If someone claims that the software was faulty from the beginning, you have a decent collection of data to negate those false claims. It secures your investment and further improves the credibility of your company. No wonder it is one of the best statistical methods that defines operational testing, which results in a reliable and durable software product.

Economic importance

A well-tested software will be good for your company for its strong economic impact. Any user will trust your company with software and will stick to your software because of the benefits. Testing during the development lifecycle saves your company from updates and other budget-related issues which arise if a defective software is released in the market.

You and your team will also be confident of the end product because it will go through several unit tests, user interface tests and regression tests until the last check is complete.

Testing is more important than you think…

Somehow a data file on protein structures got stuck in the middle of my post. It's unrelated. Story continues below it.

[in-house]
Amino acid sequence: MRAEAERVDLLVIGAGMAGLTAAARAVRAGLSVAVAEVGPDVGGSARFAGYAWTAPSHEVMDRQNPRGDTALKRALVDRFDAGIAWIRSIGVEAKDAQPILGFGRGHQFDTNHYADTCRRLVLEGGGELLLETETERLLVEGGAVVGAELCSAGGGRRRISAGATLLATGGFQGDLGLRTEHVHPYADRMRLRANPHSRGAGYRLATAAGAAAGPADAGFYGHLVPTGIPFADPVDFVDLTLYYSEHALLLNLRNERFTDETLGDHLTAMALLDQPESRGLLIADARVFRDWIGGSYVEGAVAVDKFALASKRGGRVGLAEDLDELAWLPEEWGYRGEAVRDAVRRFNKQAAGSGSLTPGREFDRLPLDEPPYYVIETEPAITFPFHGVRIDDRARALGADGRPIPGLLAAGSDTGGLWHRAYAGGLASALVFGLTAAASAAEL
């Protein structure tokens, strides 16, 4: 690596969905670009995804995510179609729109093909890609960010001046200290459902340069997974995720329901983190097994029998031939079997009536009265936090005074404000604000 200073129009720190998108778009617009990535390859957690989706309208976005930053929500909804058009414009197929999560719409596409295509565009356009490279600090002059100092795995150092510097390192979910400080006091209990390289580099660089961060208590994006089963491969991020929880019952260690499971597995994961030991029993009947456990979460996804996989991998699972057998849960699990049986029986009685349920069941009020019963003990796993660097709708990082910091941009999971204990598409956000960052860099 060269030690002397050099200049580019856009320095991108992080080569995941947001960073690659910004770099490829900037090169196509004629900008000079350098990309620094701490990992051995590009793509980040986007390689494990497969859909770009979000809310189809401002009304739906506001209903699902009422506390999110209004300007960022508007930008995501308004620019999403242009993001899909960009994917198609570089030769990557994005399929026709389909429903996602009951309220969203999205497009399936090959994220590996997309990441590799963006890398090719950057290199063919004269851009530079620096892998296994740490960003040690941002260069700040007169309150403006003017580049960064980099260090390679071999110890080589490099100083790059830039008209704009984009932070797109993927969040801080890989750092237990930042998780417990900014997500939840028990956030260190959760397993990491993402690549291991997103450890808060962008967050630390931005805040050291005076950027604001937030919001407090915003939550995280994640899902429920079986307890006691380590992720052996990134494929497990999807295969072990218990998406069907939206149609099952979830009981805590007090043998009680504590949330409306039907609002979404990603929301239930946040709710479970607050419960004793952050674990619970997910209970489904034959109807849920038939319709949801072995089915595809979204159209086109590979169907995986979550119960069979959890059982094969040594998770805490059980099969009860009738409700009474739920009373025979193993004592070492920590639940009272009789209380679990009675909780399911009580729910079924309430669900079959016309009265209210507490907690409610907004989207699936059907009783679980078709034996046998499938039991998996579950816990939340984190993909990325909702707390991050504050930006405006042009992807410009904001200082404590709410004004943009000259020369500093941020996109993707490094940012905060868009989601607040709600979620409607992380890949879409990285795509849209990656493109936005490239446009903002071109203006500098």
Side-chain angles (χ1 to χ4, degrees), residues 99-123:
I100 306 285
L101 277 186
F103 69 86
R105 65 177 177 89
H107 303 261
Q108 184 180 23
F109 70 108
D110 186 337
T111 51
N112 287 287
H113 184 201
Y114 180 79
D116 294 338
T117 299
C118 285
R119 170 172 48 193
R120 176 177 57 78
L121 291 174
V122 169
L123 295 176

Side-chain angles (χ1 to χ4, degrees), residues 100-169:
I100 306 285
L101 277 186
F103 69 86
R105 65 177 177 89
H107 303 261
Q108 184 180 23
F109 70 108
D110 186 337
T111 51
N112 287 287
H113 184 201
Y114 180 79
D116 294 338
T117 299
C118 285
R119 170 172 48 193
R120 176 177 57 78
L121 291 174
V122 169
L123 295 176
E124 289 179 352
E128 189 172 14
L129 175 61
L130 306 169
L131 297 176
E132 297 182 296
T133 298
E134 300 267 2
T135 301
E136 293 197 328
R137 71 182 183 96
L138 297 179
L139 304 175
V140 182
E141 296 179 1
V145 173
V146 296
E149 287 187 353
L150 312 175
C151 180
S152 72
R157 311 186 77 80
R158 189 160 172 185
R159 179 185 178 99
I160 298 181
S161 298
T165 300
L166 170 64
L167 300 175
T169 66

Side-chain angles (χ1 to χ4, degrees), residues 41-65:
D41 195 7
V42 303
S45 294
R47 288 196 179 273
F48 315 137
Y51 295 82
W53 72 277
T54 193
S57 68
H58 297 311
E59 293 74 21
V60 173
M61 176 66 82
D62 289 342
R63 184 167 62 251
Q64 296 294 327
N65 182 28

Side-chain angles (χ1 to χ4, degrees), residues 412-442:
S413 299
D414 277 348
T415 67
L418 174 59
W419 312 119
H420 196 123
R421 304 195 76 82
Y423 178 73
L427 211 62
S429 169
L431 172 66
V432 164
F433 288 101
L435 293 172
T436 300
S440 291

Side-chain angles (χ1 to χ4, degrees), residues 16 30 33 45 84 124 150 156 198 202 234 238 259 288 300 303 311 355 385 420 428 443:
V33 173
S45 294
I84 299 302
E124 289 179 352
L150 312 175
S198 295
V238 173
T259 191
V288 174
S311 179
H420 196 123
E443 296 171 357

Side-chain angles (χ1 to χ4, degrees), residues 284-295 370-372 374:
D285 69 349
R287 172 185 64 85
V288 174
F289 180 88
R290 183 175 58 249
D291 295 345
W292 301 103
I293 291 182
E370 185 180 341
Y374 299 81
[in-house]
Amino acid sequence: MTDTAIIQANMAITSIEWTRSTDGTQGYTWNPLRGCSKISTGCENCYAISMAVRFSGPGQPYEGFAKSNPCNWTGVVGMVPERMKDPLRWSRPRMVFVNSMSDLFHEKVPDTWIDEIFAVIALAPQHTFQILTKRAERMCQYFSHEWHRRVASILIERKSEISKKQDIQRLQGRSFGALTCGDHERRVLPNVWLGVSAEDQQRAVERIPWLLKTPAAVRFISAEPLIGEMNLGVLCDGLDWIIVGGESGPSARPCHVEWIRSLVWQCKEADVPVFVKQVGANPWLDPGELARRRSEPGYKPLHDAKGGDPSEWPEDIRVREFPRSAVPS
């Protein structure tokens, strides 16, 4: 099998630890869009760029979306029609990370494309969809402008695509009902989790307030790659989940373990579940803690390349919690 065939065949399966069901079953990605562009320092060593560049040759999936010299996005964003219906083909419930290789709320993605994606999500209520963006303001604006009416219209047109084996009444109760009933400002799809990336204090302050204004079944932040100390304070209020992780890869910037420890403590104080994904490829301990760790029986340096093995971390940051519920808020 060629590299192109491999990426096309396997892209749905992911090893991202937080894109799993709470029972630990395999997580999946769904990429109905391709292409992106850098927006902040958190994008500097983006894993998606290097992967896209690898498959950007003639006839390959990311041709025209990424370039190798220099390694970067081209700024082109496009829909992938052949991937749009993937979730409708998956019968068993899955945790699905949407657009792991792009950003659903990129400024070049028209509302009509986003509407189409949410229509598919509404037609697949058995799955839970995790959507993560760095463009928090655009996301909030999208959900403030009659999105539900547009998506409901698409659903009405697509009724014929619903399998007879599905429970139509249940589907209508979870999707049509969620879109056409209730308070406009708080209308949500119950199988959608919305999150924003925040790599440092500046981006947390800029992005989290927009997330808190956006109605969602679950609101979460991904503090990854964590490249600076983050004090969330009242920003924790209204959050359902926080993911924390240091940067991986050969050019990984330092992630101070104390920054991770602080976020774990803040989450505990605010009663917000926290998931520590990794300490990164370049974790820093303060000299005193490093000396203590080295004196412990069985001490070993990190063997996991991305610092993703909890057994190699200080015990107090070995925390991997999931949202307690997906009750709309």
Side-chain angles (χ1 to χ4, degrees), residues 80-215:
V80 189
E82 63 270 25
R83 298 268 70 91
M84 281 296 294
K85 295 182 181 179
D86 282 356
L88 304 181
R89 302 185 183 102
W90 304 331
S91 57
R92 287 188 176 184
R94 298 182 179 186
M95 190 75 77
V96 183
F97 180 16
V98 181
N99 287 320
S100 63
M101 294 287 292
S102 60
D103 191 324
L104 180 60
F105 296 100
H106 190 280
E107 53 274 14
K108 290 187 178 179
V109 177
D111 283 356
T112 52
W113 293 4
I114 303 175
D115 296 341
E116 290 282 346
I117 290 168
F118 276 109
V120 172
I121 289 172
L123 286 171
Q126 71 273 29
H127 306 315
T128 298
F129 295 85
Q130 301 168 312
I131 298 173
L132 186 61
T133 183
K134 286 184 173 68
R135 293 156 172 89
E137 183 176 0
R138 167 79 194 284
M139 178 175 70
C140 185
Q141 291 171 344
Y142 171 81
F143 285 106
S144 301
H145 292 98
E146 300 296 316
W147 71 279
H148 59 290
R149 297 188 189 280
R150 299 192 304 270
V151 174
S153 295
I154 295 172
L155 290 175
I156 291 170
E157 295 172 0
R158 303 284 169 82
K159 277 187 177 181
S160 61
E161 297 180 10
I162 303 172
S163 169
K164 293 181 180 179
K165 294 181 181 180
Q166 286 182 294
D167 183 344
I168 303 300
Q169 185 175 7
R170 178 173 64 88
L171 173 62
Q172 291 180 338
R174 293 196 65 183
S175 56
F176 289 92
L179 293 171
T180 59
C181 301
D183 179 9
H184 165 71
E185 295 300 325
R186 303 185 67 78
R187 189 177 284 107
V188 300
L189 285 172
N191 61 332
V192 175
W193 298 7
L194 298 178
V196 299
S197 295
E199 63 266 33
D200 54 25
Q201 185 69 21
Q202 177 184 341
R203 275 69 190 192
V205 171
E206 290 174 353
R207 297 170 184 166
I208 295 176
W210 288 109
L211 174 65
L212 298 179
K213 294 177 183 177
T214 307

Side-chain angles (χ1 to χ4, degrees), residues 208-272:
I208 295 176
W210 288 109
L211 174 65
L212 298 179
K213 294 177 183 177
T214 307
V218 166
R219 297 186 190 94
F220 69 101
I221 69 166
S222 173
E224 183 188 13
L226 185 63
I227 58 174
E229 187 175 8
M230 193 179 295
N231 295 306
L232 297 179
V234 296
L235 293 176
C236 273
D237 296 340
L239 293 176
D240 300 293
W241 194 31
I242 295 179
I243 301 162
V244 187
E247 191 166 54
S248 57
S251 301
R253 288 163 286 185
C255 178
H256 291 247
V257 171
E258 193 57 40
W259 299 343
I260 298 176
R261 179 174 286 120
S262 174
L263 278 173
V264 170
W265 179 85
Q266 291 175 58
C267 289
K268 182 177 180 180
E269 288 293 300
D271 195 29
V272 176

Most developers and stakeholders argue over the interference of a software testing tool in their development life cycle. Many believe it disrupts the development process. If you look at the stats, Up to 50% of mobile users report that they’ll immediately delete an app if they spot a single bug. The stats for web products are nearly the same.

You can’t afford losing all your customers and the reputation of your company by pushing forward something defective. In the case of WannaCry, Microsoft came under huge criticism but it could defend itself thanks to its decades of software innovation. If you are a startup which is coming up with their very first software, users and critics might not spare you a second chance.

So, why should you implement software testing during the development life cycle? Because:

• It improves the quality of your software

• It prevents the user from using a software with bugs

• It increases the reliability of your software

• It saves you money

• It saves your company’s credibility

Author Bio:

Erica Silva is a blogger by choice.  She loves to discover the world around her. She likes to share her discoveries, experiences and express herself through her blogs. Currently, she is associated with Airg Team for development work. Check out her firm’s performance reviews.